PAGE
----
Diabetic retinopathy is a diabetes complication that affects the eyes. The disease damaged to the blood vessels of the light-sensitive tissue in the retina. Diabetic retinopathy may cause no symptoms or only mild vision problems. Eventually, it can cause blindness, and also have implications for other diseases, including cancer.
Researchers at University of Utah Health identified an ADP-ribosylation factor 6 (ARF6) protein that inhibited reduces diabetic retinopathy.
Study first co-author, Weiquan (Wendy) Zhu, Ph.D., explained, we identified a compound NAV-2729 that inhibits ARF6, which is crucial for the development of diabetic retinopathy.
For studies, researchers injecting NAV-2729 into the eyes of rodents that treat diabetic retinopathy. The researchers identify a signaling cycle that promotes two features of diabetic retinopathy, increased blood vessel leakage and the birth of new blood vessels.
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The study has uncovered the role that ARF6 plays in the control of vascular endothelial growth factor (VEGF), a signaling protein that plays a key role in the development of diabetic retinopathy.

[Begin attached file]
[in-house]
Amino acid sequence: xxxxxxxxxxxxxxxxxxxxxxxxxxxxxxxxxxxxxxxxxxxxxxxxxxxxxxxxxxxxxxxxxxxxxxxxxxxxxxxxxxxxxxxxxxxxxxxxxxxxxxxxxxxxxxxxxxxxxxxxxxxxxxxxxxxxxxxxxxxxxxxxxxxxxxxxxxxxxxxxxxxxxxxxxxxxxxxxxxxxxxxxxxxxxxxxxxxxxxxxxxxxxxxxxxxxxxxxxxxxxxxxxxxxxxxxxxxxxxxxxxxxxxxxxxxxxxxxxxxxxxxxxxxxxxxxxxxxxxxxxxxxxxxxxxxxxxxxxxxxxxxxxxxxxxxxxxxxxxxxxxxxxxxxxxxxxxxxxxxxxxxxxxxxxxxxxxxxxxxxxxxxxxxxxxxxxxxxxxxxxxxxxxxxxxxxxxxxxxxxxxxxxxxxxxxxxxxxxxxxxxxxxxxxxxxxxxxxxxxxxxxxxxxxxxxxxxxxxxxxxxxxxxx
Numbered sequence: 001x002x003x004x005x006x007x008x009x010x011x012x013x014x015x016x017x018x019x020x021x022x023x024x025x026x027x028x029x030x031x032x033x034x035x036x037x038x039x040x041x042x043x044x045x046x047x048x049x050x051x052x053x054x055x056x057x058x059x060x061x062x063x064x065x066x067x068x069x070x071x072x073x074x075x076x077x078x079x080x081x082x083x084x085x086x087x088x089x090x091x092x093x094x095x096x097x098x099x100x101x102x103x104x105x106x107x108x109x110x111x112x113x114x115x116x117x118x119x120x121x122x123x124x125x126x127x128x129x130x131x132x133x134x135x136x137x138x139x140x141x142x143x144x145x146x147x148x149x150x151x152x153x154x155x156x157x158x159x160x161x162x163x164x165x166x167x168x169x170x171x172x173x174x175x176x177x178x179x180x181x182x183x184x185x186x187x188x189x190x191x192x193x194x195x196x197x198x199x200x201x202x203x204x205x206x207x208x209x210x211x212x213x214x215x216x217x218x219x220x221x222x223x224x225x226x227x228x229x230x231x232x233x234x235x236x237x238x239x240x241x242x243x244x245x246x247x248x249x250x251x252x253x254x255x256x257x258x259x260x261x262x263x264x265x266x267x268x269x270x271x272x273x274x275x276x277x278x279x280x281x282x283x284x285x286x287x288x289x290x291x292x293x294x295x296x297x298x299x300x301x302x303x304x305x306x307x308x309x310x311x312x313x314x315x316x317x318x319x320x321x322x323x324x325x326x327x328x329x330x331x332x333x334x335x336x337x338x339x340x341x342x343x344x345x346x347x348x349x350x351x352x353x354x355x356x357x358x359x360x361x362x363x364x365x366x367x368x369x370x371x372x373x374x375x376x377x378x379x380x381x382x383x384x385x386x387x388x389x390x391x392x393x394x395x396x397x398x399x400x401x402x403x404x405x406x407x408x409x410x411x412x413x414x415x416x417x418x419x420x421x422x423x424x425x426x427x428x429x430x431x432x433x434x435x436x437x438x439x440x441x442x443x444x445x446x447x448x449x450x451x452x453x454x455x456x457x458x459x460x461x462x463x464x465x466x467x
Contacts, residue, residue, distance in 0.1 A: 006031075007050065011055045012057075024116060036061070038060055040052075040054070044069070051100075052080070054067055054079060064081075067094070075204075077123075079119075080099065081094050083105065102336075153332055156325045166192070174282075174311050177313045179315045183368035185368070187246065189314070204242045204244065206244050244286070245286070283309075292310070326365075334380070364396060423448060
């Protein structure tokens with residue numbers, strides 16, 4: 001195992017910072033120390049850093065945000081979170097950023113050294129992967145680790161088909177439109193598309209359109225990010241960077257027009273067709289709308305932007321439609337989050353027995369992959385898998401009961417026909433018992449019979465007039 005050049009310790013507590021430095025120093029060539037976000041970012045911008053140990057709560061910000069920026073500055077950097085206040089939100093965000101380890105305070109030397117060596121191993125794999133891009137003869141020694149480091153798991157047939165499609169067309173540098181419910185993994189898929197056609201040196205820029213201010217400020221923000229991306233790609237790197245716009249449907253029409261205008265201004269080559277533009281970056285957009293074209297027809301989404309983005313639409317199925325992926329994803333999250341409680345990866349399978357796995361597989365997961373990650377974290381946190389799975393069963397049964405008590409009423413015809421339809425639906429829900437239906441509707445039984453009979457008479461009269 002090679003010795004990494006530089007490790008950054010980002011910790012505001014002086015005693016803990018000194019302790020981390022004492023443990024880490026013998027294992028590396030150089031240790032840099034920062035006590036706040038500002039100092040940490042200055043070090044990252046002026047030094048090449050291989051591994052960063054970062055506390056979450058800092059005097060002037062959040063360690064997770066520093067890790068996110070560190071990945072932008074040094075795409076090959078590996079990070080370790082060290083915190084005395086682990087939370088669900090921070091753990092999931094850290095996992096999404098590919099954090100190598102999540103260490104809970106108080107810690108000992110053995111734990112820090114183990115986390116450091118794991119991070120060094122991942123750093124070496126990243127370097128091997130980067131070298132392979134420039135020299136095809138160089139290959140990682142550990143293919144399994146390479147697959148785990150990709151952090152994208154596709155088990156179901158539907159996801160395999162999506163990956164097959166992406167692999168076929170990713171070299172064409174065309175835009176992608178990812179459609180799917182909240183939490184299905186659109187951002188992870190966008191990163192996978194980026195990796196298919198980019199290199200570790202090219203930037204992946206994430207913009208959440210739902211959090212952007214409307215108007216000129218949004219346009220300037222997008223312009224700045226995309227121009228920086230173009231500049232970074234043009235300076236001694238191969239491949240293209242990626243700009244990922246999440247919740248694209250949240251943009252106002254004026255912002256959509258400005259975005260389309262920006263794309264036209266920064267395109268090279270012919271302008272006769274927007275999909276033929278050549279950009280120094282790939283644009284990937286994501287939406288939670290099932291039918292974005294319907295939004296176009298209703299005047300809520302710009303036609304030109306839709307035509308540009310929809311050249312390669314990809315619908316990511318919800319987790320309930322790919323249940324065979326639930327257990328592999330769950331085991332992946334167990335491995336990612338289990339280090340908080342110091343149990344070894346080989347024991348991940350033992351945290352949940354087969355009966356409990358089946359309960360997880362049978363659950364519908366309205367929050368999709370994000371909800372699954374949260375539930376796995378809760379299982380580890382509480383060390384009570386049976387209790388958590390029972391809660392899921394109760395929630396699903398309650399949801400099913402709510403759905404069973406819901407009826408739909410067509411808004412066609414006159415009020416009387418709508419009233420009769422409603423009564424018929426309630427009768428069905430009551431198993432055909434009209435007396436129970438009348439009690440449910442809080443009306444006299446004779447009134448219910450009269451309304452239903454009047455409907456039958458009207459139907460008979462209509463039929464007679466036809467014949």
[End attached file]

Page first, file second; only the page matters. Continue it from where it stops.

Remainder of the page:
However, a treatment for diseases in which patients receive a monthly injection of anti-VEGF drugs directly into the eye. But the treatment reduces inflammation, only works for around 40 percent of patients. ARF6 protein increase and maintain a receptor for VEGF, which stimulates a series of cascading responses in the eye. ARF6 arranges multiple inflammatory signals that contribute to inflammation common in many diseases, including diabetic eye disease.
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According to these results, researchers identified a mechanism by which ARF6 controls VEGF receptor signaling and therefore may have much broader implications, extending to other diseases that involve VEGF receptor activation, such as cancer.
The researchers also identified ARNO and GEP100 proteins that help to maintain the signals by activating ARF6 at two different cell locations.
When ARNO activates ARF6, it ferries the VEGF receptor into the cell, allowing its signal to be amplified. When GEP100 activates the protein, it causes it to ferry it back to outside the cell, effectively “recycling” it for reuse in a new signaling cycle.
However, further studies needs to be done to determine the long-term effects of the treatment and establish whether it is safe and effective in humans.
More information: [The Journal of Clinical Investigation]